5 alleged Islamic militants were detained in France under suspicion of firing weapons in the woods of eastern France, possibly as training for combat in Iraq.
One suspect was Algerian, while the four others were French - three of Bosnian origin, and another of Algerian origin, judicial officials said. The men ranged from their early 20s to mid 40s. They were arrested Tuesday in two towns in eastern France, Besancon and Pontarlier. Two other men were questioned, then released.
The Paris prosecutor's office has opened an investigation into whether the case has terrorist links. The five were to appear before a judge, who must decide whether to file preliminary charges against them.
Police and anti-terror investigators say anger over the Iraq war has radicalized some young Muslims in France, which has Western Europe's largest Muslim population, estimated at 5 million.
Dozens of youths, some just young teens, are thought to have left from France for Iraq to join the insurgency. Some have been killed there. Police are particularly worried that some French youths with roots in North Africa may be traveling to Iraq without being noticed, traveling via countries like Algeria and Morocco.
French counterterrorism officials worry that such militants could return home with skills learned in combat and a desire to carry out terror attacks in France - even though the country opposed the U.S.-led invasion of Iraq in 2003 and has ruled out sending troops to help U.S. forces battling insurgents there.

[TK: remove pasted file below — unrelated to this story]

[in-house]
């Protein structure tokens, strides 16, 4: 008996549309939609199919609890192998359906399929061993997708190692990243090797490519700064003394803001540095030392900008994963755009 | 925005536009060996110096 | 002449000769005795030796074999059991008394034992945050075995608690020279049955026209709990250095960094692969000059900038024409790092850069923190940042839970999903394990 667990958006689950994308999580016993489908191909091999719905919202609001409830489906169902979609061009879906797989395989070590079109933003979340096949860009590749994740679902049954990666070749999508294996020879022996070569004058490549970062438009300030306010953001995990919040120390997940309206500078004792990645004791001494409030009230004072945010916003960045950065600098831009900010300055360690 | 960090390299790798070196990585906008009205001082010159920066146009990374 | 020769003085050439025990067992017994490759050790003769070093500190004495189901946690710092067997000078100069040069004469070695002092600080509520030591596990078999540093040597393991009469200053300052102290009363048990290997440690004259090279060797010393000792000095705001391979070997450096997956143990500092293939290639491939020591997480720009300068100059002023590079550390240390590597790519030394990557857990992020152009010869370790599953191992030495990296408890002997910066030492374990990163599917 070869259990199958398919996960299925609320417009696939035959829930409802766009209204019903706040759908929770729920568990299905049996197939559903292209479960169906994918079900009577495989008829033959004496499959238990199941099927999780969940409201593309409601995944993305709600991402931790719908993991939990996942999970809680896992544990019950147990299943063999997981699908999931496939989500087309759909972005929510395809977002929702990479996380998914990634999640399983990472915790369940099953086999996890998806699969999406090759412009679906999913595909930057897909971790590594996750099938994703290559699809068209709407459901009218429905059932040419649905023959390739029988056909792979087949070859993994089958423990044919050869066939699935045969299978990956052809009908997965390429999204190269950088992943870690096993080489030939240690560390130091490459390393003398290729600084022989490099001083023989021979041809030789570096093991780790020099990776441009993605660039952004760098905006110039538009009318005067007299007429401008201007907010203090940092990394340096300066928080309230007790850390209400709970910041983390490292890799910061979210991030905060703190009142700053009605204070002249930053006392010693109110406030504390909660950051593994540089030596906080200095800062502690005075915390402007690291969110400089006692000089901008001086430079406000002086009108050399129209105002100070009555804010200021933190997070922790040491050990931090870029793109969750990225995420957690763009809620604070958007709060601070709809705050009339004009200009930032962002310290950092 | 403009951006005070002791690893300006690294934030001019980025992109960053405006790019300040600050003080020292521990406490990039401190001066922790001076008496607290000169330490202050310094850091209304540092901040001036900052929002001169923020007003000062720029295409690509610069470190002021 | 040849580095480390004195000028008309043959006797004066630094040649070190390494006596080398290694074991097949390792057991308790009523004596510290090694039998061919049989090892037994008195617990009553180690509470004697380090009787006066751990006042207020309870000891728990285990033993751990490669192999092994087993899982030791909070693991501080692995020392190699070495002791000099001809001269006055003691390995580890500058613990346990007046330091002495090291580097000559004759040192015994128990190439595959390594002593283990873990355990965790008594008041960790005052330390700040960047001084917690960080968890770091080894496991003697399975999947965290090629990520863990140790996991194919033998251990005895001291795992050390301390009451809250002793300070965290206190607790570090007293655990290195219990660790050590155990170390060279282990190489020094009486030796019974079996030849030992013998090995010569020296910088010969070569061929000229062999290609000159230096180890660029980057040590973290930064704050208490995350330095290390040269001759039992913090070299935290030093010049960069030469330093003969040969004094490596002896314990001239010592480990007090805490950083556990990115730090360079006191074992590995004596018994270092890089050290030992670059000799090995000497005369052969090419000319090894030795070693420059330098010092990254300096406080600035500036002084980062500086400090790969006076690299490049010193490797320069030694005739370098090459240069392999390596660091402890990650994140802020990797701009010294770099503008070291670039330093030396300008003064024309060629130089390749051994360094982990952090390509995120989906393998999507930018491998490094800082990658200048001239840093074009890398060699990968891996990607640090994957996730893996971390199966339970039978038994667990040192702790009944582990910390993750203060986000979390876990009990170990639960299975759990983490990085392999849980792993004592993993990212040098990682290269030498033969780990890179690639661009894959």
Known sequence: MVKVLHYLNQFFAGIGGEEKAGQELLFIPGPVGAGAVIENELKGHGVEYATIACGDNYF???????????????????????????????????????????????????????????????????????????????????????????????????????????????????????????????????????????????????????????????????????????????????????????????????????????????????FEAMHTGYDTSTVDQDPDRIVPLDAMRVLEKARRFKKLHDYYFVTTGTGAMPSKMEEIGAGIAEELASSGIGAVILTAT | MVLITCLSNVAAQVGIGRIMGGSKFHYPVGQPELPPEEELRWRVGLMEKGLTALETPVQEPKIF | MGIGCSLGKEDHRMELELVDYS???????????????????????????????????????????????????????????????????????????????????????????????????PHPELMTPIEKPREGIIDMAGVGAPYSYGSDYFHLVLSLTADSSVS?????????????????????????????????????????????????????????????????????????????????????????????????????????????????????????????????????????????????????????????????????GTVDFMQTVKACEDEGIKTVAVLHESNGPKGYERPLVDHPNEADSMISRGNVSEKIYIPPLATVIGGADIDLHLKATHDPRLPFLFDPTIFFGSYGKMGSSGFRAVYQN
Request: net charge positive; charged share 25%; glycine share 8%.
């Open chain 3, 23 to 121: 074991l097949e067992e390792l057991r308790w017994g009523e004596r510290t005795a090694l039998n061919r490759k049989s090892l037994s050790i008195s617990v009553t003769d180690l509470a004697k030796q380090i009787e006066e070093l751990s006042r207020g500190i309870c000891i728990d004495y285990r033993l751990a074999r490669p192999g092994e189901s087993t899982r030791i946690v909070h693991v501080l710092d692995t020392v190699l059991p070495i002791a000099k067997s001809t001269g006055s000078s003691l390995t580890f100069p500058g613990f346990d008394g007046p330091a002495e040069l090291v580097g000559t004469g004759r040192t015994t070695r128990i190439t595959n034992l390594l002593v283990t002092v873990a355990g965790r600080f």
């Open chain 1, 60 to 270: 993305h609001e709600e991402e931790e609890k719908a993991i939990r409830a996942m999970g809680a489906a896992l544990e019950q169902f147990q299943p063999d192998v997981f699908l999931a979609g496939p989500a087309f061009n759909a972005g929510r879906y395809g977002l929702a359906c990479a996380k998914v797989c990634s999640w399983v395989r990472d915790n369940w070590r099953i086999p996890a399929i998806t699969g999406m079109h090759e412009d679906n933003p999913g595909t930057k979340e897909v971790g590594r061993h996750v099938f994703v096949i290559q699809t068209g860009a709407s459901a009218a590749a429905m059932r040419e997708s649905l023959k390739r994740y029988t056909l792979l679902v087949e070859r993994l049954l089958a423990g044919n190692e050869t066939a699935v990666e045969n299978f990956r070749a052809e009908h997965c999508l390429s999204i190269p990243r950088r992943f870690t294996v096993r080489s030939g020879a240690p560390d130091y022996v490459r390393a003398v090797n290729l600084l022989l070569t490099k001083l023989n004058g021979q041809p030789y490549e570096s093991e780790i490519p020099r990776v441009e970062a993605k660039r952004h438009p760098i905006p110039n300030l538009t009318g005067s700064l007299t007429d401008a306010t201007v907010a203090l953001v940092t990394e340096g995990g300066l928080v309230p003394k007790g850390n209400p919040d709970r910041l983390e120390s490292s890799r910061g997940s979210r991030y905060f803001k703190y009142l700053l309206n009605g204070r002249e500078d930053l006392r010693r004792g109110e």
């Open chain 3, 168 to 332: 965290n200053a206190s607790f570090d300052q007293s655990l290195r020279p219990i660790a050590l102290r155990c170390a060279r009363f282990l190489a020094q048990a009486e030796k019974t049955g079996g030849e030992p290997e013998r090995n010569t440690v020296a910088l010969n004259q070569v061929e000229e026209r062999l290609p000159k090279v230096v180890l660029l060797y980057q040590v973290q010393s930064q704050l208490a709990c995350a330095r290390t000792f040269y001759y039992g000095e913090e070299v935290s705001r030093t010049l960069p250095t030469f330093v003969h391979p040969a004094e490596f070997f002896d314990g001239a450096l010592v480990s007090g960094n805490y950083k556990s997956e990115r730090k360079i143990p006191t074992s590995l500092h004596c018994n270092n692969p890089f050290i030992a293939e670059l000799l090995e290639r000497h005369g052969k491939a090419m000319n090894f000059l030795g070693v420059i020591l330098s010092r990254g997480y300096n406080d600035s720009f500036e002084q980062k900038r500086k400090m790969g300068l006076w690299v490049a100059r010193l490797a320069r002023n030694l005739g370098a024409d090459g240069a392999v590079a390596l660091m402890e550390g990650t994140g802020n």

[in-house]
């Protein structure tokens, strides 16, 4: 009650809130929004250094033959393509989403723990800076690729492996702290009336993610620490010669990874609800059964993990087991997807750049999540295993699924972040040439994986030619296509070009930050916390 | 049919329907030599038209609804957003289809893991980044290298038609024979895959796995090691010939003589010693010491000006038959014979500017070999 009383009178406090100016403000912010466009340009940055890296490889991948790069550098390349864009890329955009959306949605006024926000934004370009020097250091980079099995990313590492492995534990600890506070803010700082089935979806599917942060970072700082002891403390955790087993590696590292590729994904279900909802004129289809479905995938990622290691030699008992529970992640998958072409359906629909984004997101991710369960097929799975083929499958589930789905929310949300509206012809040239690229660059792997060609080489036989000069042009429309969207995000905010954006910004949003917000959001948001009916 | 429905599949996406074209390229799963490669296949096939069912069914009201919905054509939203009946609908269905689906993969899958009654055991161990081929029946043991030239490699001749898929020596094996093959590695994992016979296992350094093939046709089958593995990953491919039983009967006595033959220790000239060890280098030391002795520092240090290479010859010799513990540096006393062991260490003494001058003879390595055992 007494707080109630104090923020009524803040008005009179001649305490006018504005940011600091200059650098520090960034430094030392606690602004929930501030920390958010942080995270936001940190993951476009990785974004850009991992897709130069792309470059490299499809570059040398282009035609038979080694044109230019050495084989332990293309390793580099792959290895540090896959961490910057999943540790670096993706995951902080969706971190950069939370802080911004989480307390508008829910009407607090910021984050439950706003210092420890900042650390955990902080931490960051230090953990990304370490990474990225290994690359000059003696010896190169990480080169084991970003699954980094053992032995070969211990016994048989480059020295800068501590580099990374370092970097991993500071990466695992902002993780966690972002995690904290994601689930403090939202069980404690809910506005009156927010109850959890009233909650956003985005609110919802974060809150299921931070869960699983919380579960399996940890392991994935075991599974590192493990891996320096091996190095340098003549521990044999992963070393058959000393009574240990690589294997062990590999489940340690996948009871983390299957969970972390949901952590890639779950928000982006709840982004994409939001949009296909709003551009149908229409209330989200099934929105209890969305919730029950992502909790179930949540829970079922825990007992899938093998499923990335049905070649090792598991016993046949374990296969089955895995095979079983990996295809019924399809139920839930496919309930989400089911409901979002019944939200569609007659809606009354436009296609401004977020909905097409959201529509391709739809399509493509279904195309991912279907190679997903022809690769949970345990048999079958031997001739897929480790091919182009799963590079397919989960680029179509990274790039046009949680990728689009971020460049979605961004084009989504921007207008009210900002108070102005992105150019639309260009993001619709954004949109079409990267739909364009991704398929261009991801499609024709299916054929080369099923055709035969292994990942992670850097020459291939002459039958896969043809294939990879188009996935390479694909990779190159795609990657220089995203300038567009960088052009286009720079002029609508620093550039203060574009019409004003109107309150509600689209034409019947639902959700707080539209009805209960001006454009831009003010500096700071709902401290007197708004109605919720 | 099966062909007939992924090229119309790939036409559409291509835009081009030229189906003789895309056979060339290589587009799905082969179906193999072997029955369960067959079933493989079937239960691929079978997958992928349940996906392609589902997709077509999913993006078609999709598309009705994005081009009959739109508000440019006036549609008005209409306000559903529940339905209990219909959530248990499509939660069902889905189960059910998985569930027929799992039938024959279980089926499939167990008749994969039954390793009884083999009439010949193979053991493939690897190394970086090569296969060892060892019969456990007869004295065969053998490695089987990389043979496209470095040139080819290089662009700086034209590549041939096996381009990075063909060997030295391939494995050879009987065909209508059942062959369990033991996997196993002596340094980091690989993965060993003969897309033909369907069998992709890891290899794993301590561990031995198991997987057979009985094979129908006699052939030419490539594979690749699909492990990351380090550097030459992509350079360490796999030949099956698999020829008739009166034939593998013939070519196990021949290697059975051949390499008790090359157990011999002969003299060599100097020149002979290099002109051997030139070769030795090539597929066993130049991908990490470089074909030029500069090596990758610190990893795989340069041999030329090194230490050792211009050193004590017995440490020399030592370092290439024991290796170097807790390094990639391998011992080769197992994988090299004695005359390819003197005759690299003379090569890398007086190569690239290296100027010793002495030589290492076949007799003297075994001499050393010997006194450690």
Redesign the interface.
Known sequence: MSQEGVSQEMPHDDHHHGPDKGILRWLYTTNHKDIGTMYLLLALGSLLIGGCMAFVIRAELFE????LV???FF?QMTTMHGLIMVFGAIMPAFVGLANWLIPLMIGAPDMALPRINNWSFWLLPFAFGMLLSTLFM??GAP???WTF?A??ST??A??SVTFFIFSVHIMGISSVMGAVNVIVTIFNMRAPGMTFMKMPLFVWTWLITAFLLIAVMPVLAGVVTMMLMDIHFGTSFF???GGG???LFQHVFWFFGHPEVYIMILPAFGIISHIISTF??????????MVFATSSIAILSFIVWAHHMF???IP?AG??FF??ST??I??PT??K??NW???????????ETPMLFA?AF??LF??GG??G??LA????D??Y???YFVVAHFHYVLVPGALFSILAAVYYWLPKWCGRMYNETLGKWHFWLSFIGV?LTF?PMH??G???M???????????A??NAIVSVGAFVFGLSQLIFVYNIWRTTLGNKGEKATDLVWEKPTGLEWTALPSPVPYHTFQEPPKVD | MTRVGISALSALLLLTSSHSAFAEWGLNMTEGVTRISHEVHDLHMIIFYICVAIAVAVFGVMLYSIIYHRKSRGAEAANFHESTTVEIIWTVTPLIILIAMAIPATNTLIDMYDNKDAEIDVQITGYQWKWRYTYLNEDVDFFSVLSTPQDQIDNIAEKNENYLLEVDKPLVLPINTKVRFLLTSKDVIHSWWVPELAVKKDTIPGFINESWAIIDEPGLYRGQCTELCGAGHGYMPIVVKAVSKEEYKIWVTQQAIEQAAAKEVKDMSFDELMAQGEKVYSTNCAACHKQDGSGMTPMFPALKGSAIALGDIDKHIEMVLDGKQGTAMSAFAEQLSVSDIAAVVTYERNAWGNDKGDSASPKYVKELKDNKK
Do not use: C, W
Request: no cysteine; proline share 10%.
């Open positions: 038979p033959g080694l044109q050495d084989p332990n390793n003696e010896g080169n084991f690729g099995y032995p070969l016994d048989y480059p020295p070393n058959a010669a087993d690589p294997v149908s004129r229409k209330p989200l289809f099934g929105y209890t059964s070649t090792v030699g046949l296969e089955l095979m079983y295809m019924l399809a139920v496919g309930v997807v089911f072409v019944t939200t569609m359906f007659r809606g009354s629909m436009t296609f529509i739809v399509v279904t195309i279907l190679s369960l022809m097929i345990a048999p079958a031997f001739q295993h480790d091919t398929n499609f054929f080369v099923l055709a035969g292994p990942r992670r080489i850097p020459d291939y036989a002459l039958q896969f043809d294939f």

Last month, French authorities arrested seven suspects, mostly near the southern city of Toulouse, in an investigation of an alleged al-Qaida-linked network recruiting Islamic fighters for Iraq.
Prosecutors alleged that the recruits were sent first to Egypt to learn Arabic and Islamic teachings "in the most radical schools." Via a cell in Saudi Arabia and linked to al-Qaida, the recruits were then put in touch with a network in Syria that took them to Iraq to allegedly commit terrorist acts, notably suicide attacks.
Police officials said the suspects arrested in eastern France this week had not made definite travel plans for Iraq but were training to fight there.
Judicial officials seemed less certain about the men's intentions. They said they were still looking into why the men were training to fight - though they acknowledged that some of the men spoke of preparing for combat in Iraq.
Police raids of the suspects' homes turned up munitions, handguns and pump and automatic rifles, officials said on condition of anonymity because the investigation was ongoing.
The case was expected to be transferred to Paris anti-terrorism judges on Friday, the officials said.
Prosecutors were expected to file preliminary charges for criminal association with a terror group, which carries a penalty of up to 10 years in prison.
Representatives of the Israeli Defence Ministry responded to recent reports about the possible delivery of S-300 SAM systems from Russia to Syria. Israeli Defence Minister Avigdor Lieberman said that Israel would destroy those systems
Russia is to start supplying S-300 air defence systems to Syria in the near future. The shipments will be conducted free of charge